When a positive voltage (+2.6 V) was applied between the PANI- and PEDOT-coated ITO glass electrodes (PANI as anode and PEDOT as cathode), the PANI film was observed to changed color from transparent yellow to blue, while the PEDOT film changed color from sky blue tint to dark blue, making the device change color from a bleached state to a black state. The application of a negative voltage (−1.0 V) changed the color reversibly to the original bleached state. Complete color change between bleached and colored states can be achieved within 1 s, which is observed in the chronoamperogram of FIG. 12. The color change still can be observed with a cycle time as short as 0.5 s.

The voltages needed to achieve full color switching between bleached state (−1.0V) and colored state (+2.6V) are the difference of the potentials of two individual half cell (polymer electrodes) in the same ionic liquid (FIG. 11 hereof, indicating the very small IR drop between two electrodes in the device, and the highly conductive nature of ionic liquids. This is one advantage of the use of ionic liquids as electrolytes in place of the gel/polymer systems currently in use.

EXAMPLE 5

A. Electrochemical Capacitors Incorporating Conjugated Polymers and Ionic Liquids;

Electrolytic capacitors fall under two broad categories: electrical double-layer capacitors (EDLC), and electrochemical capacitors. In an electrical double-layer capacitor, energy storage is achieved by charging an electrical double layer formed at the interface between an electrolyte and a blocking conductive electrode (e.g. carbon or other similar materials) (see, e.g., E. Frackowiak and F. Béguin, Carbon, 39, 937 (2001); and E. Frackowiak et al., Applied Physics Letters, 77, 2421 (2000)). For a electrochemical capacitor, energy storage is enhanced by utilizing electroactive materials as electrodes, where the charge stored is the combination of the charging from electrical double layer and the electron transfer from the electroactive material (see, e.g., C. Abrizzini et al., Adv. Mater., 8, 331 (1996); and R. Huggins, Solid State Ionics, 134, 179 (2000)).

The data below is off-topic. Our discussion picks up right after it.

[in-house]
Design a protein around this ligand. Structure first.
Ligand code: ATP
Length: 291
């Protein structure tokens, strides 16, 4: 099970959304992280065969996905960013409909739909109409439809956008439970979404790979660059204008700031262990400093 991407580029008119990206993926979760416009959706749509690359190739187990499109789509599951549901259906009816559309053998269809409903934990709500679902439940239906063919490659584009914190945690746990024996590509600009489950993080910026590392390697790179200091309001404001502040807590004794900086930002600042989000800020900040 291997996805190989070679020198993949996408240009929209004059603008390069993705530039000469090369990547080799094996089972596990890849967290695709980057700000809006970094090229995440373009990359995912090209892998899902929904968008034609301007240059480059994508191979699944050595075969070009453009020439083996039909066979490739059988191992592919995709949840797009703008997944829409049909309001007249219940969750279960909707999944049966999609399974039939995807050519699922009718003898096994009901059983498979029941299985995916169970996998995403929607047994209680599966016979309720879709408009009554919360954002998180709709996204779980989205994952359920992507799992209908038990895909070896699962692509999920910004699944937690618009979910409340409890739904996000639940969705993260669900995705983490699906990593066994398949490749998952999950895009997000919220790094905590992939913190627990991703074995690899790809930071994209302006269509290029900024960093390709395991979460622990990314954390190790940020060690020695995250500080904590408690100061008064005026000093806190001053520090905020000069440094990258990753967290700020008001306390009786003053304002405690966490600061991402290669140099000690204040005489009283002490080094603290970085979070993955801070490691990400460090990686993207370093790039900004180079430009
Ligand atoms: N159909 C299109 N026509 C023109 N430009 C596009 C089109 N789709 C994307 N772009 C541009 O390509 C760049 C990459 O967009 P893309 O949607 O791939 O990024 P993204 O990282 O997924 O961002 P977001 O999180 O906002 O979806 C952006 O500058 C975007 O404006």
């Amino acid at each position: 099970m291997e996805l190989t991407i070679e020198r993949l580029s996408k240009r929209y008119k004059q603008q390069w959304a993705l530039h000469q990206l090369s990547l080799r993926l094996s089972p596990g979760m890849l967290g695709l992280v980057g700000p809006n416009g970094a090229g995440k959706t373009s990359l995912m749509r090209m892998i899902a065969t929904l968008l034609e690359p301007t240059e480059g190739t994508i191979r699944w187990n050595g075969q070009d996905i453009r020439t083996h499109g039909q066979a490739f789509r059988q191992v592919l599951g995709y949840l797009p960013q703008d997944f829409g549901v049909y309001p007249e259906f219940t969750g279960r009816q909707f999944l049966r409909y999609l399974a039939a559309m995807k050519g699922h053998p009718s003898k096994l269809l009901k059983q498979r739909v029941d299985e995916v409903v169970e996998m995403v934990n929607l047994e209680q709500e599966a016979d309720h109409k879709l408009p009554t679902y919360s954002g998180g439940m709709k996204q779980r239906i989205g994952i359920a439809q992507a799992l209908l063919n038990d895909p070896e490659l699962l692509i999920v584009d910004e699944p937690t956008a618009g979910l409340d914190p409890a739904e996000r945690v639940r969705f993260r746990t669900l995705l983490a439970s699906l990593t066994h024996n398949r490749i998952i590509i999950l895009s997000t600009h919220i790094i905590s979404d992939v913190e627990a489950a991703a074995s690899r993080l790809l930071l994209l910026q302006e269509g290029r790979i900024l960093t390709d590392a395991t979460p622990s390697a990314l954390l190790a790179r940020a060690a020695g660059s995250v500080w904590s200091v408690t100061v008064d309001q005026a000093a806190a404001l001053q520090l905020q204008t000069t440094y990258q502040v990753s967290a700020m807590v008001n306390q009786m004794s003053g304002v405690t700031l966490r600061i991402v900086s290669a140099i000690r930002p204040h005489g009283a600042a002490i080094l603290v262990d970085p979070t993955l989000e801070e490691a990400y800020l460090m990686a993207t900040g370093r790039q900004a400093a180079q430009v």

Use of conjugated polymers as electroactive materials for the fabrication of electrochemical capacitors has attracted considerable attention in the recent years (see, e.g., A. Rudge et al., J. Power Sources, 47, 89 (1994); D. Belanger et al., J. Electrochem. Soc., 147, 2923 (2000); and C. Hu and C. Chu, J. Electroanal. Chem., 603, 105 (2001)). Compared to other inorganic materials (e.g. noble metal oxides such as ruthenium oxide and mixed oxides), conjugated polymers possess some advantages such as low cost, high specific capacitance, and fast doping/dedoping during charge-discharge.